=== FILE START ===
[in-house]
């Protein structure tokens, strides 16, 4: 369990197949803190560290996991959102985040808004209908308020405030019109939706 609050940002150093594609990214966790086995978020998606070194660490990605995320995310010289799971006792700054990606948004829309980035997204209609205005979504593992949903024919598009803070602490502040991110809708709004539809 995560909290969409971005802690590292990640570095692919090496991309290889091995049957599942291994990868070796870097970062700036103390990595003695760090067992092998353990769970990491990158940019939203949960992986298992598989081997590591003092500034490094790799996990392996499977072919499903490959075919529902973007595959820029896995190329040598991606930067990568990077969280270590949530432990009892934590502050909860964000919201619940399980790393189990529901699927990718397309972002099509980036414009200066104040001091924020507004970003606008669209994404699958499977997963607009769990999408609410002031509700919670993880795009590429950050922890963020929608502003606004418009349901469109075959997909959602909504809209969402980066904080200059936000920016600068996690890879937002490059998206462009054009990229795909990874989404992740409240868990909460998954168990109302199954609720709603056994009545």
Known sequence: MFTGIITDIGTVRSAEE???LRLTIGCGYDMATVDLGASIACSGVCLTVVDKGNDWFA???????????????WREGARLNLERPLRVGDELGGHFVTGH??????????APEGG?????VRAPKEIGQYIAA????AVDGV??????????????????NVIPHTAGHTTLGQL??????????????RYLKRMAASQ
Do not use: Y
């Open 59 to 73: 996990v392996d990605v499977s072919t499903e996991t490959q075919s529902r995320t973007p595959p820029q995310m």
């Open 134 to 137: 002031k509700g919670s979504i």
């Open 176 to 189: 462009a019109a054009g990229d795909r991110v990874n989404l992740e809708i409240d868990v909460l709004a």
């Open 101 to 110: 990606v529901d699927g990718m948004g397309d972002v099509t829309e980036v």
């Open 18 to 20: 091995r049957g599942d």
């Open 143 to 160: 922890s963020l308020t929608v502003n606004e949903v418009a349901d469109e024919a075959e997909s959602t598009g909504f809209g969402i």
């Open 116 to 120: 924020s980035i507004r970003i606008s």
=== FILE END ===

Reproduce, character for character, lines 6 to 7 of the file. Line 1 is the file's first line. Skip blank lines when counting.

């Open 134 to 137: 002031k509700g919670s979504i």
């Open 176 to 189: 462009a019109a054009g990229d795909r991110v990874n989404l992740e809708i409240d868990v909460l709004a």